To celebrate the release of Baz Luhrmann’s film “AUSTRALIA” I’ll be doing a series of blogs on Australian food icons.
Australia is not really well known for its cuisine but it is home to a range of food items that could not be denied as quintessentially Australian. Because of its close proximity and association with New Zealand there is an ongoing battle between the two as to which nation invented what and when.
We’ll start with Meat Pie.
A 2007 survey of Australians (affectionately titled as the ‘Top Taste Lamington Aussie Poll’) found that meat pies were the most popular Australian food (Lamingtons came second – to be discussed further in a future post).
So, what is an Australian meat pie?
It’s described by Wikipedia (always a good source of 100% accurate facts *wink* *wink*):
“…hand-sized pie containing largely minced meat and gravy sometimes with onion and often consumed as a takeaway food snack. The pie itself is congruent with the United Kingdom's steak pie.
It is considered iconic in Australia and New Zealand. It was described by former New South Wales Premier Bob Carr in 2003 as Australia's "national dish".”
Meat pies now come in all sorts of varieties but I like mine plain (steak) or with mushrooms. I smother it with tomato ketchup (more commonly called “tomato sauce” in Australia) before eating.
I’ve never actually cooked this but I found a recipe for a Basic Meat Pie from taste.com.au:
Basic Meat Pie
30 - 60 minutes
Ingredients (serves 4)
Plain flour, to dust
375g block frozen puff pastry, thawed (Pampas brand)
Melted butter, to grease
2 (25 x 25cm) sheets ready-rolled frozen shortcrust pastry, thawed (Pampas brand)
1 egg, lightly whisked
700g lean beef blade steak, cut into 3cm cubes
2 tbs plain flour
60ml (1/4 cup) vegetable oil
1 brown onion, roughly chopped
2 medium carrots, peeled, roughly chopped
1 large celery stick, thickly sliced
310ml (1 1/4 cups) good-quality beef stock
2 tbs finely chopped fresh curly parsley
1/2 tsp salt
Freshly cracked black pepper
1. To make beef filling, place beef in a medium bowl, add flour and toss to coat. Heat 2 tbs of oil in a medium heavy-based frying pan over medium-high heat. Add beef and cook, using a wooden spoon to stir often, for 6 minutes or until light brown. Transfer to a medium heatproof bowl. Reduce heat to medium. Add remaining oil to pan. Add onion, carrots and celery, and cook, stirring, for 2 minutes. Return beef to pan with stock, parsley, salt and pepper. Bring to a simmer over medium-high heat. Reduce heat to low, cover and simmer for 1 hour or until beef is tender. Increase heat to medium and cook, uncovered, for a further 10-15 minutes or until sauce is a thick gravy. Taste and adjust seasoning with salt and pepper. Transfer beef filling to a medium heatproof bowl and set aside for 10 minutes. Cover and place in the fridge for 30 minutes to partially cool.
2. Meanwhile, line a tray with non-stick baking paper. Lightly flour a clean surface and use a rolling pin to roll out puff pastry, rotating occasionally, to a 30cm square 3-4mm thick. Invert a shallow 25cm (top measurement) pie plate on pastry and use a sharp knife to cut pastry 2mm from edge of plate. (Do not drag - the pastry layers may stick together and the edge won't puff into separate crisp layers in the oven.) Lift pastry onto lined tray, cover with plastic wrap and place in fridge until required.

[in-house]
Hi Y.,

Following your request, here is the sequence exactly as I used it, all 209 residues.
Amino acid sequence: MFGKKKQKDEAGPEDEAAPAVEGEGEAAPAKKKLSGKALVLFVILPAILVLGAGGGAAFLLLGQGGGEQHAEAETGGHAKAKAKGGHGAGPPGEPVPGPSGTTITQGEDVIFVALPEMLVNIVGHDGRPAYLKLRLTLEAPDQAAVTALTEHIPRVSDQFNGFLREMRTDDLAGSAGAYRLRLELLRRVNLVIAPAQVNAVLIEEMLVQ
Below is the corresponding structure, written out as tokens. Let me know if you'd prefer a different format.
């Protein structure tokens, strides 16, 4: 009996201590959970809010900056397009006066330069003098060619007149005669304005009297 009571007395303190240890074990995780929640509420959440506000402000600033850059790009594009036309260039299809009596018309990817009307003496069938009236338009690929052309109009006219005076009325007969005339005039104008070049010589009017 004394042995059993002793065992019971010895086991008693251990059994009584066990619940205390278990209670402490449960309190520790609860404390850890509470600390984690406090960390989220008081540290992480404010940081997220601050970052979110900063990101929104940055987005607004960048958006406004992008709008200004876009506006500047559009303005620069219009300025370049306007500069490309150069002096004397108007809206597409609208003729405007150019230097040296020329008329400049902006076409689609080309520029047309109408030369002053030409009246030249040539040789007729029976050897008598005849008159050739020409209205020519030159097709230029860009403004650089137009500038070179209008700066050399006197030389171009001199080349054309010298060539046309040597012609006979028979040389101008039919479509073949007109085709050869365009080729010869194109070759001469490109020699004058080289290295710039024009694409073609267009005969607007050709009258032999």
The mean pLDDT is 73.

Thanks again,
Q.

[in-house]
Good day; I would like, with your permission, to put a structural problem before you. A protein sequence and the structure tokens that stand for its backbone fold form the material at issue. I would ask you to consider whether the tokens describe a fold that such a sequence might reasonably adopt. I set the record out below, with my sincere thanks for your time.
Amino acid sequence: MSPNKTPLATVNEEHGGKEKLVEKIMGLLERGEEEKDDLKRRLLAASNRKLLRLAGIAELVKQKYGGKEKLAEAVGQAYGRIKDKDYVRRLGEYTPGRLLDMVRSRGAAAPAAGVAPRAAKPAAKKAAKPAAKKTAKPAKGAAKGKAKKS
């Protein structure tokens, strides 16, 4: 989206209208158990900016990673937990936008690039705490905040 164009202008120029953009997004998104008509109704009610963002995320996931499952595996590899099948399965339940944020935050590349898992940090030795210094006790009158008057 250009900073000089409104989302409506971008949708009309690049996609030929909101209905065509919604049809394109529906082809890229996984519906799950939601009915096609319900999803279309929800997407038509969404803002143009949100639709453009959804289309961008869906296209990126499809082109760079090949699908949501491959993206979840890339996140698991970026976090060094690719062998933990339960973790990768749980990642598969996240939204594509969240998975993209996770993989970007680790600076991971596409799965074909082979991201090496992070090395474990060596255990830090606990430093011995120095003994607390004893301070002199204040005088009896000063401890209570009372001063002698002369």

3. Preheat oven to 200°C. Brush a pie plate with melted butter to grease. Place shortcrust pastry sheets on a clean surface and cut 1 sheet in half. Brush 1 edge of whole sheet with water and lay a half sheet along this edge, overlapping by 1cm. Press to join and smooth out join. Repeat process on an adjacent edge of whole sheet, overlapping ends of half-sheets as well. Gently lift pastry onto greased plate and ease into plate to line. Smooth pastry and press around top rim of plate. Hold plate and rotate while using a small sharp knife at a 45° angle to cut away excess pastry.
4. Use a fork to prick pastry base evenly about 25 times. Place in fridge for 15 minutes to rest (to help reduce shrinkage during cooking). Blind-bake the pie base before adding filling to ensure it is well cooked and crisp. To do this, place a 30cm square of non-stick baking paper or foil over the pastry and top evenly with about 1 cup of dried beans or rice to stop the pastry from bubbling. Place pie plate on a baking tray and cook in preheated oven for 10 minutes. Carefully remove paper or foil and beans or rice (see note) and bake for a further 8-10 minutes or until golden. Transfer the pie plate to a wire rack and, if necessary, use a clean tea towel to carefully pat down any pastry that has puffed during cooking. Set aside for 15 minutes to cool. Increase oven temperature to 220°C.
5. Spread cooled filling evenly into base. Remove puff pastry from fridge. Use a pastry brush to lightly brush pie edge with a little cold water. Place puff pastry on top of pie and gently press edges together to seal. (Do not press the outer edge, or it will not puff well during cooking.)
Use a small sharp knife to cut a 4cm cross in pastry centre to allow steam to escape during cooking. Lightly brush top with whisked egg. Place pie on baking tray and bake in oven for 15 minutes. Reduce oven to 190°C and cook for a further 20-25 minutes or until well puffed, golden and heated through. If necessary, shield areas of pastry top and edges browning faster than others with pieces of foil. Serve immediately.